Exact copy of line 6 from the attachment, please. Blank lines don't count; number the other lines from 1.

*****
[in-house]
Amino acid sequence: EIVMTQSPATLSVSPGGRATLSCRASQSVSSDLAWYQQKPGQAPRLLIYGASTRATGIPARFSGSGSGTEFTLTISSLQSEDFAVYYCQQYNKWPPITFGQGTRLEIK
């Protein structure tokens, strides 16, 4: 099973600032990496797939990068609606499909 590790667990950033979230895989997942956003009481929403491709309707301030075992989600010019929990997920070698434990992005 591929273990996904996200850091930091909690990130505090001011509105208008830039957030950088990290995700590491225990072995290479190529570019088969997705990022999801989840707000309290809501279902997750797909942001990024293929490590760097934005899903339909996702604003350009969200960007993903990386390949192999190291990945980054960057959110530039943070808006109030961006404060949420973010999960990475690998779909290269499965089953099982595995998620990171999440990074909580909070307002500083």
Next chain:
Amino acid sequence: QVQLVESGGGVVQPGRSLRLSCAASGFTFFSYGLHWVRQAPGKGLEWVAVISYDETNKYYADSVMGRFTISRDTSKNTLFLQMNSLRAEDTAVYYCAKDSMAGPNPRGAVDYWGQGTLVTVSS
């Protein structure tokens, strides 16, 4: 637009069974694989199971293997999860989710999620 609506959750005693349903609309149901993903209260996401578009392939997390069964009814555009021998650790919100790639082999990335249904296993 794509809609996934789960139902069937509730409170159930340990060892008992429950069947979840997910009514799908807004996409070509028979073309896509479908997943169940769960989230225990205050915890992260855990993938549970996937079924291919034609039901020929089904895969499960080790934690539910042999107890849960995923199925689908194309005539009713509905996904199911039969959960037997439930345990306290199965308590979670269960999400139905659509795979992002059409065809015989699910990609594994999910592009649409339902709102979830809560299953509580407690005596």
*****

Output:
């Protein structure tokens, strides 16, 4: 637009069974694989199971293997999860989710999620 609506959750005693349903609309149901993903209260996401578009392939997390069964009814555009021998650790919100790639082999990335249904296993 794509809609996934789960139902069937509730409170159930340990060892008992429950069947979840997910009514799908807004996409070509028979073309896509479908997943169940769960989230225990205050915890992260855990993938549970996937079924291919034609039901020929089904895969499960080790934690539910042999107890849960995923199925689908194309005539009713509905996904199911039969959960037997439930345990306290199965308590979670269960999400139905659509795979992002059409065809015989699910990609594994999910592009649409339902709102979830809560299953509580407690005596």